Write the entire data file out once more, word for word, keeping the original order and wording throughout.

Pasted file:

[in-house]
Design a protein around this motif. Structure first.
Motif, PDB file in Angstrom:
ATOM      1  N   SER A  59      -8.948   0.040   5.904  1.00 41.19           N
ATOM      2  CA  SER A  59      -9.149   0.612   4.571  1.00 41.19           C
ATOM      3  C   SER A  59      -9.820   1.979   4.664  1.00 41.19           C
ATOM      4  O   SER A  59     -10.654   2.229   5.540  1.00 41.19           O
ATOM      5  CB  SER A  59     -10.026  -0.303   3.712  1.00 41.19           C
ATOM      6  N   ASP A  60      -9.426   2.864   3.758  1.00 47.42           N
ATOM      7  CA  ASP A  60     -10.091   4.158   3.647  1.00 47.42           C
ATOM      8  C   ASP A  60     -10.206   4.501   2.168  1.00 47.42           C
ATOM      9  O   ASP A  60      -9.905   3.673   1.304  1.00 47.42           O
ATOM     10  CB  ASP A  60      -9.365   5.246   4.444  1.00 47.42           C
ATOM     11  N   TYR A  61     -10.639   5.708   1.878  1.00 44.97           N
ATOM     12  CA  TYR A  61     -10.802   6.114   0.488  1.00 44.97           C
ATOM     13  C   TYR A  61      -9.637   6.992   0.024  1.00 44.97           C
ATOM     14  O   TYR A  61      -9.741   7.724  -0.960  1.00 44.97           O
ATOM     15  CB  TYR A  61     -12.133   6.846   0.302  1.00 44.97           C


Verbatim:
[in-house]
Design a protein around this motif. Structure first.
Motif, PDB file in Angstrom:
ATOM      1  N   SER A  59      -8.948   0.040   5.904  1.00 41.19           N
ATOM      2  CA  SER A  59      -9.149   0.612   4.571  1.00 41.19           C
ATOM      3  C   SER A  59      -9.820   1.979   4.664  1.00 41.19           C
ATOM      4  O   SER A  59     -10.654   2.229   5.540  1.00 41.19           O
ATOM      5  CB  SER A  59     -10.026  -0.303   3.712  1.00 41.19           C
ATOM      6  N   ASP A  60      -9.426   2.864   3.758  1.00 47.42           N
ATOM      7  CA  ASP A  60     -10.091   4.158   3.647  1.00 47.42           C
ATOM      8  C   ASP A  60     -10.206   4.501   2.168  1.00 47.42           C
ATOM      9  O   ASP A  60      -9.905   3.673   1.304  1.00 47.42           O
ATOM     10  CB  ASP A  60      -9.365   5.246   4.444  1.00 47.42           C
ATOM     11  N   TYR A  61     -10.639   5.708   1.878  1.00 44.97           N
ATOM     12  CA  TYR A  61     -10.802   6.114   0.488  1.00 44.97           C
ATOM     13  C   TYR A  61      -9.637   6.992   0.024  1.00 44.97           C
ATOM     14  O   TYR A  61      -9.741   7.724  -0.960  1.00 44.97           O
ATOM     15  CB  TYR A  61     -12.133   6.846   0.302  1.00 44.97           C